Vendor Profile: Marcus Green
Marcus Green wakes up on a typical morning and goes to grab a coffee. He might attend a meeting or go to Mass, which he does once or twice a week. Then the job hunt begins.
About four times a week, Green goes out job searching in the morning, looking for any type of work, from telemarketing to construction.
Green, a native of Southeast Washington, D.C., had a “typical life” until he got to high school. After graduating from Frank W. Ballou High School, he joined the military at the age of 19. Three years later, when the U.S. Army veteran came home, he began dabbling in drugs like PCP, cocaine and alcohol.
“I shattered some dreams,” he said. “But I’m back on path now.”
Green said he did not become homeless until about two years ago, when the firm he was working for, the Civic Development Group, was shut down. He had been there for four years and had worked his way up to assistant manager.
“I lost my job during the recession,” he said. “The whole office was closed. Street Sense helped me get
back on my feet.”
About 18 months ago, Green was over at Georgetown University doing work in sales. There he met a man who told him about Street Sense and the opportunities it offered. Green has now been with Street Sense for about 18 months and it has helped him recover from his job loss.
“You can pay some bills with it if you treat it like a job,” he said.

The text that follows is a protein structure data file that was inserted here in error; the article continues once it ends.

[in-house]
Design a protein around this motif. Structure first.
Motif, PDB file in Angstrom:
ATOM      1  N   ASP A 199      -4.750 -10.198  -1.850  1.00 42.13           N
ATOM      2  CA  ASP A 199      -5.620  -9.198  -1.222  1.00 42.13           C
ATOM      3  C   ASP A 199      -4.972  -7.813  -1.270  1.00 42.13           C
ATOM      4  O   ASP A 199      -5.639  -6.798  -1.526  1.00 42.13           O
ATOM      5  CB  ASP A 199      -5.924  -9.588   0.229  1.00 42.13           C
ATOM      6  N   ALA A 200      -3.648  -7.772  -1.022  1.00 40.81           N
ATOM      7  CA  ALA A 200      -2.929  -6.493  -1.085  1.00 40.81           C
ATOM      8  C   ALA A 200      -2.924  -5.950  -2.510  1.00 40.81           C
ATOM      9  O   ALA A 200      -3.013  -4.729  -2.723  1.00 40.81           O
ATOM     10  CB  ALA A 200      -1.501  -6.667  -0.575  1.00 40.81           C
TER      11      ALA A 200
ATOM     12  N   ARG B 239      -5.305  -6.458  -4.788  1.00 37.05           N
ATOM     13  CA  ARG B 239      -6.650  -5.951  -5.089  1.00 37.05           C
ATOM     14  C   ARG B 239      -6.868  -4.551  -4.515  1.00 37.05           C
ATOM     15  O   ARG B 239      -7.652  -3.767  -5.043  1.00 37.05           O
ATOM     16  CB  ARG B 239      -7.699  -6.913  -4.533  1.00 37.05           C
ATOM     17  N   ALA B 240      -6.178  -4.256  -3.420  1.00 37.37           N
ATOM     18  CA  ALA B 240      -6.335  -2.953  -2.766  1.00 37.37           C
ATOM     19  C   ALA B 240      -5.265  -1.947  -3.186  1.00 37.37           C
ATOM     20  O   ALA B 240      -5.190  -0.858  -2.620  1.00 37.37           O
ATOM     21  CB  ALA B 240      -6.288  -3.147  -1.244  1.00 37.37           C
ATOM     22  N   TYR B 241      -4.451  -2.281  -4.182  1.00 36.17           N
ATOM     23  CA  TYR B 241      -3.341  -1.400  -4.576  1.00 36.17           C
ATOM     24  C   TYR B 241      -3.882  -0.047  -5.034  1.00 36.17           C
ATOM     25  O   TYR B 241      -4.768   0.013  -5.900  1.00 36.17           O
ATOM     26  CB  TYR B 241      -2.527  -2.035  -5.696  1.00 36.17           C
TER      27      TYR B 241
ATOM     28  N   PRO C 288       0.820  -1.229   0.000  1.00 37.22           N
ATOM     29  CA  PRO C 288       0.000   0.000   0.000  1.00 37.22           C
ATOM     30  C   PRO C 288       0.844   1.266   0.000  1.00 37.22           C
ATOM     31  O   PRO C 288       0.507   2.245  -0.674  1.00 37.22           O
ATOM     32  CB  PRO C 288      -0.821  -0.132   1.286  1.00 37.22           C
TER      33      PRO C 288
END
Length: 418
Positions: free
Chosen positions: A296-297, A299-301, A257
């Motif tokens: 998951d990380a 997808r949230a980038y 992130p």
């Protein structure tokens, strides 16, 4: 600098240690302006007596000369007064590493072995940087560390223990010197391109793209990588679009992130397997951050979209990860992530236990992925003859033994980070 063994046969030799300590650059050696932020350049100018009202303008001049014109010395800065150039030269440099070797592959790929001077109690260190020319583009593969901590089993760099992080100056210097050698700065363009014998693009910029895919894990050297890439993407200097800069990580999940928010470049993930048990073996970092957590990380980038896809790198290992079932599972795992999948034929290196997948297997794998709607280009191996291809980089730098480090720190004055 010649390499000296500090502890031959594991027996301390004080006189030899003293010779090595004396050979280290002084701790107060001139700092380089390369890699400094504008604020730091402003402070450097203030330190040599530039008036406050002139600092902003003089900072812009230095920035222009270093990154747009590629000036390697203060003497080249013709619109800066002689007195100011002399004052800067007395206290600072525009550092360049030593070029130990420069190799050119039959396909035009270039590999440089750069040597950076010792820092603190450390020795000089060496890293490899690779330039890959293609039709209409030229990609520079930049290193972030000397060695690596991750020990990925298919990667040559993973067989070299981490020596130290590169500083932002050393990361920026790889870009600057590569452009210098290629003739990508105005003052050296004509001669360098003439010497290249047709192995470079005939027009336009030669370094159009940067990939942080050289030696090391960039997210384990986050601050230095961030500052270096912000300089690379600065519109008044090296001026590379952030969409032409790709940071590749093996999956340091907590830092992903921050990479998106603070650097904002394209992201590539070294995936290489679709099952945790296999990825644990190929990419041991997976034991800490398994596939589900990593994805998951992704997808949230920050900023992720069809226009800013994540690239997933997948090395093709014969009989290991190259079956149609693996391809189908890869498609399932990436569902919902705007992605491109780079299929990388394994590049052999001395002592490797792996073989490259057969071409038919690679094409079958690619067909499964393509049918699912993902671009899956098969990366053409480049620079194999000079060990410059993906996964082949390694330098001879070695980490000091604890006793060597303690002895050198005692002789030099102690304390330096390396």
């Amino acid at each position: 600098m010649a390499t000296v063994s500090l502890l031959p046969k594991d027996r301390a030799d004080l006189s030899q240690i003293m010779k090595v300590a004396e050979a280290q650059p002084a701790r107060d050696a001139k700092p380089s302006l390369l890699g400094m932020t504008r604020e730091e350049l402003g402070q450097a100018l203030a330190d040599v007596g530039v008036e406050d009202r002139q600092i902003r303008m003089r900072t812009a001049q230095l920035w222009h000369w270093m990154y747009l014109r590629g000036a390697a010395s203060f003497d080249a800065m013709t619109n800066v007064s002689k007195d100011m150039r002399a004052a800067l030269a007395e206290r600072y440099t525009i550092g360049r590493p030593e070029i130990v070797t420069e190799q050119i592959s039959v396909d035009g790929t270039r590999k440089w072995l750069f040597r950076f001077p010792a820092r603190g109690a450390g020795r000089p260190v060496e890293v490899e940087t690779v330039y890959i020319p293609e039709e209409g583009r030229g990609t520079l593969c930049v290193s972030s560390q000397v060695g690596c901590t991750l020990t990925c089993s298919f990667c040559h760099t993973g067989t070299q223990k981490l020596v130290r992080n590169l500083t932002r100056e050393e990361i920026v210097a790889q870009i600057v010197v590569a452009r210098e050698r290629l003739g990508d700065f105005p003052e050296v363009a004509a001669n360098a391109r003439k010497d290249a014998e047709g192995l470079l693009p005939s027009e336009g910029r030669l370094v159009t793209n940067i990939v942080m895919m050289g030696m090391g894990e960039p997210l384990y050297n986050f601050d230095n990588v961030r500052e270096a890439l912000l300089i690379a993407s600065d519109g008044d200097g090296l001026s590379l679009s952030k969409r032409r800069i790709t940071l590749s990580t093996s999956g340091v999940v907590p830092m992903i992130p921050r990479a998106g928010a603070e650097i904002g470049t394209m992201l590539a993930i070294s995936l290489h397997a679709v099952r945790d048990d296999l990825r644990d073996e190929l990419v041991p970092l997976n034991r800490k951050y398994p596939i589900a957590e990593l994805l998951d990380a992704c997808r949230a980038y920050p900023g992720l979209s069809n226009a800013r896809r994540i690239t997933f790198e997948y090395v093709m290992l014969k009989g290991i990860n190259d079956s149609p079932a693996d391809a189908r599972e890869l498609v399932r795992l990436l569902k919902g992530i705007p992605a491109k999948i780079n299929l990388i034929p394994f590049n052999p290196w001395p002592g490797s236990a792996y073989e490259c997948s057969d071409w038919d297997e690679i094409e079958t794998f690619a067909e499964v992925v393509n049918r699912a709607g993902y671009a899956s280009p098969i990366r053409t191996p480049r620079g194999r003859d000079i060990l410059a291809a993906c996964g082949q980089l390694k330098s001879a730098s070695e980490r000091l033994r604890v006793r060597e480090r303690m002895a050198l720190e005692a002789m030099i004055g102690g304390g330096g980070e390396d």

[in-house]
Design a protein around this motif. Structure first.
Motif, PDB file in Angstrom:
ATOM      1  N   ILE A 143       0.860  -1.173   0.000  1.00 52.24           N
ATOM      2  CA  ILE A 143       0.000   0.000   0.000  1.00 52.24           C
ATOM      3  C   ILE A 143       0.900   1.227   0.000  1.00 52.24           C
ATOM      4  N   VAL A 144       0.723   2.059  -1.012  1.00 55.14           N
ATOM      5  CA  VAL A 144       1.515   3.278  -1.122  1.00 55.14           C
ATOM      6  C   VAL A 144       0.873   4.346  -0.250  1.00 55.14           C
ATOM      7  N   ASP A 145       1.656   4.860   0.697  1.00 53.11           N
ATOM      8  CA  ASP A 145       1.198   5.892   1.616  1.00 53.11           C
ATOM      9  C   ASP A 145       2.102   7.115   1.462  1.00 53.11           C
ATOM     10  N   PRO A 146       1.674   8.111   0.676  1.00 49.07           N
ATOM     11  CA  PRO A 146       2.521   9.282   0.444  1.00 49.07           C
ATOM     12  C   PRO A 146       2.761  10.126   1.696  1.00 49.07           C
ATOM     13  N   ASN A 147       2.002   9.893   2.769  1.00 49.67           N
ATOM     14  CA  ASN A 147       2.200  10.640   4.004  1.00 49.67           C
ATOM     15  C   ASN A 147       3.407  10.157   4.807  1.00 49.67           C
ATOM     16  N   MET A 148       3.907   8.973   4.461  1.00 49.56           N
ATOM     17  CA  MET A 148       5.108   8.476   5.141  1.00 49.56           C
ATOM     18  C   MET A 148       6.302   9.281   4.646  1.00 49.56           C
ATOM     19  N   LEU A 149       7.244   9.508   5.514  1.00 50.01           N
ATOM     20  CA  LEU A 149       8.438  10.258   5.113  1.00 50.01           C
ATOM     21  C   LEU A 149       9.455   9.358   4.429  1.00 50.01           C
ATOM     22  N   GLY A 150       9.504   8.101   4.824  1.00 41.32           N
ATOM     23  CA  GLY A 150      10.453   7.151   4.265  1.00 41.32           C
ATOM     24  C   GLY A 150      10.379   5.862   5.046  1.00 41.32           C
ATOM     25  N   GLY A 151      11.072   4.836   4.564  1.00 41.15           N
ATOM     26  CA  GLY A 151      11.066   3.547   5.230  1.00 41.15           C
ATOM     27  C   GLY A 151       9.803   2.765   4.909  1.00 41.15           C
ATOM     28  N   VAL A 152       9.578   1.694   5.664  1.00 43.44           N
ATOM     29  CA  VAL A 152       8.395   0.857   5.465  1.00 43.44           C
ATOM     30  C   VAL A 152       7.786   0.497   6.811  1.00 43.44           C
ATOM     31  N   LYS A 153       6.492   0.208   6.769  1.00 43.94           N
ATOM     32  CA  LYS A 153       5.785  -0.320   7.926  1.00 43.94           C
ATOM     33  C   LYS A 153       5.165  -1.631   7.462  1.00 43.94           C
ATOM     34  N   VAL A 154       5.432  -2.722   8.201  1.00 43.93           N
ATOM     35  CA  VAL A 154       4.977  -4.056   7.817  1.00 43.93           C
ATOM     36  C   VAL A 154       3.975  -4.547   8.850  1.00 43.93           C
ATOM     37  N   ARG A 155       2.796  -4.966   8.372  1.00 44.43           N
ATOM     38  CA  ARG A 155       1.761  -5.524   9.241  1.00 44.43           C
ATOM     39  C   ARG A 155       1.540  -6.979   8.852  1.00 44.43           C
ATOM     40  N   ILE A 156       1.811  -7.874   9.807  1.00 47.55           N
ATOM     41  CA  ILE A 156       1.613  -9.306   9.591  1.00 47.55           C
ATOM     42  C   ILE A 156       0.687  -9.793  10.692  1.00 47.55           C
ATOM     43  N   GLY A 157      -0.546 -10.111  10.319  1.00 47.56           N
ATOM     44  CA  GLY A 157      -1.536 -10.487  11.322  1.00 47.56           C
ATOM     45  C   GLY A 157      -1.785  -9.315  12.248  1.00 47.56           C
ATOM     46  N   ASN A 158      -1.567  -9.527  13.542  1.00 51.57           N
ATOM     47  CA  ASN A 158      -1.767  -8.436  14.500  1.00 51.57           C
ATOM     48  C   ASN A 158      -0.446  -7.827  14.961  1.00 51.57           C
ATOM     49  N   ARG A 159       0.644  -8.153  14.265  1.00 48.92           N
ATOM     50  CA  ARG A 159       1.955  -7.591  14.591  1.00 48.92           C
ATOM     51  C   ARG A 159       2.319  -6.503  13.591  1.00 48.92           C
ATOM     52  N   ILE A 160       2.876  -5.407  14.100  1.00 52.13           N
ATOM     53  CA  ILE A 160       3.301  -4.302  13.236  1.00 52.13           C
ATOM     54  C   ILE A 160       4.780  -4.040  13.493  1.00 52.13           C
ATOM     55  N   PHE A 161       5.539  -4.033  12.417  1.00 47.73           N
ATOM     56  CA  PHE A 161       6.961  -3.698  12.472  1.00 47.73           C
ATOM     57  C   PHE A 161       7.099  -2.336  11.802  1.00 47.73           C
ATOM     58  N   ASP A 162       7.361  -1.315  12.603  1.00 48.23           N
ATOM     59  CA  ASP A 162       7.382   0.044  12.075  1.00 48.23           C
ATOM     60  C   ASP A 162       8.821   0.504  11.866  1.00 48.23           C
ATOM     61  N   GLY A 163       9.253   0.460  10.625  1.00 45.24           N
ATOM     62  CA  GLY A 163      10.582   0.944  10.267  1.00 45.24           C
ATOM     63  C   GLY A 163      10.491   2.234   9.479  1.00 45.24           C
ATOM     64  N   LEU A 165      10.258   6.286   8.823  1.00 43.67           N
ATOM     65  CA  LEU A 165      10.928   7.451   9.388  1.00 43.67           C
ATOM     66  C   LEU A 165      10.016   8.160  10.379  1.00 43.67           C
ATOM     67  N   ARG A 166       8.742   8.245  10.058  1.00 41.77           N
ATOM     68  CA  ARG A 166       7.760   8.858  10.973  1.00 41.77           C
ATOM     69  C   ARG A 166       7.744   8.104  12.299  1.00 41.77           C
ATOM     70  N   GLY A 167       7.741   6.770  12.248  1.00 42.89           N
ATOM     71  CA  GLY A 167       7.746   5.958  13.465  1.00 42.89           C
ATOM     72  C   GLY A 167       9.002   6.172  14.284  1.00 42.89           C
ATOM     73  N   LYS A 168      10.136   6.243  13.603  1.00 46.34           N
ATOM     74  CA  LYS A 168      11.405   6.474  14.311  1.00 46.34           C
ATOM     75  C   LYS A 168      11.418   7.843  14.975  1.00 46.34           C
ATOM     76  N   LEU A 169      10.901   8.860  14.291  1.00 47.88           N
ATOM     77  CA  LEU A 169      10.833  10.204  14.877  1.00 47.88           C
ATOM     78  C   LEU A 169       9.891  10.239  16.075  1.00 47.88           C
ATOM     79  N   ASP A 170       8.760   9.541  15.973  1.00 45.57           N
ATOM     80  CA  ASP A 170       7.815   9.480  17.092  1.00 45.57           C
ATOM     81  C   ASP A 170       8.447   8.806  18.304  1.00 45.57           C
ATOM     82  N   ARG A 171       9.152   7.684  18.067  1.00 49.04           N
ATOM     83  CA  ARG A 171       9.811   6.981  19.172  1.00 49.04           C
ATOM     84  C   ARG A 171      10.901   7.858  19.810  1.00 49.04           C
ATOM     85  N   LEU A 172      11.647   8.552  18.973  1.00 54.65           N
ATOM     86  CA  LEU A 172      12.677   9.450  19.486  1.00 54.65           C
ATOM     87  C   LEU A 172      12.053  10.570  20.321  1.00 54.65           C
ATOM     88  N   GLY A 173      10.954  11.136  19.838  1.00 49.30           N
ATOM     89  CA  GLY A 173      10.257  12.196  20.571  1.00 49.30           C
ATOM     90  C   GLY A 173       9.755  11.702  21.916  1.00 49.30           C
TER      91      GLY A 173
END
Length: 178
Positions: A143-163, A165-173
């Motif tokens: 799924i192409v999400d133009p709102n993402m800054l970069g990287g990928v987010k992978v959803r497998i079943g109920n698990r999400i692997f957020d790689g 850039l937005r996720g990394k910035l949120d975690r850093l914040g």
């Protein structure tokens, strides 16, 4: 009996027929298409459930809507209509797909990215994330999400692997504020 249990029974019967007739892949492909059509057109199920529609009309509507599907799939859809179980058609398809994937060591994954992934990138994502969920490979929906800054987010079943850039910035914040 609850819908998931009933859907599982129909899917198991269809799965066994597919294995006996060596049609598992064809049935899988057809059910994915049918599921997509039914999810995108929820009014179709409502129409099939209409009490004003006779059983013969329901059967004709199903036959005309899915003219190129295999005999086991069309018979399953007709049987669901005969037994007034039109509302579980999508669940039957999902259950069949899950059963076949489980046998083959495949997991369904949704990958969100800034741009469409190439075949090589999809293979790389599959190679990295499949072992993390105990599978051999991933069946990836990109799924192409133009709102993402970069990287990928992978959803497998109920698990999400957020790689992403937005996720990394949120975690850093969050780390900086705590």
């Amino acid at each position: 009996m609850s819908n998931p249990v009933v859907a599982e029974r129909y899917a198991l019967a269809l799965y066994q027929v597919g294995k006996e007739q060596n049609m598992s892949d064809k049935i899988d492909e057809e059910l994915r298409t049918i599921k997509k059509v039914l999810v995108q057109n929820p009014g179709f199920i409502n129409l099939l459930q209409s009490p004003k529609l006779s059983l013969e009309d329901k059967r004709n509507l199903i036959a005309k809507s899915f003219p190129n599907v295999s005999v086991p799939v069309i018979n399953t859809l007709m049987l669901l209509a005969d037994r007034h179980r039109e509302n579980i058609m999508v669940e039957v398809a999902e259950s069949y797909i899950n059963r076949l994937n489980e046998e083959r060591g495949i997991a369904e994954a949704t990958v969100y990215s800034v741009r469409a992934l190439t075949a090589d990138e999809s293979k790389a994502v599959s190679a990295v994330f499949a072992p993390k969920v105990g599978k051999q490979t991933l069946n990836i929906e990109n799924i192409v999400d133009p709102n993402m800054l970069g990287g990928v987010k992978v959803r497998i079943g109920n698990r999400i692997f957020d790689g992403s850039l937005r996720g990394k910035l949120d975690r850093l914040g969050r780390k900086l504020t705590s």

Green said he knew it sounded like a good opportunity and he wanted to get involved. Green knew that if he could get an income from his work at Street Sense, he would be able to afford a place to live. “The housing is disproportionate in Washington,” he said. “There is low-cost housing.”
Working as a Street Sense vendor has improved his life in many ways.
“I can buy a Happy Meal now every once in a while,” he laughed. “But really. I don’t have to ask people for money.”
Green also said he loves working as a vendor because it is a great way to net- work. “I get to meet people out there, and sometimes find out about other jobs,” he said. “I love working here for the income and the people.”
Right now, Green said that Street Sense provides him with his main source of income. This is something that he hopes to change very soon.
“My goal right now is to pass the ASE test for mechanics,” he said. “I would like to get a job
doing that, working on cars and buses.”
But even if this dream comes true, Green might still not be able to give up Street Sense altogether. He said he might still work as a vendor part time, maybe once or twice a week.
Green is proud of the way he has put his life back together.
“I’m not homeless anymore,” he said. “That’s a pretty good accomplishment.”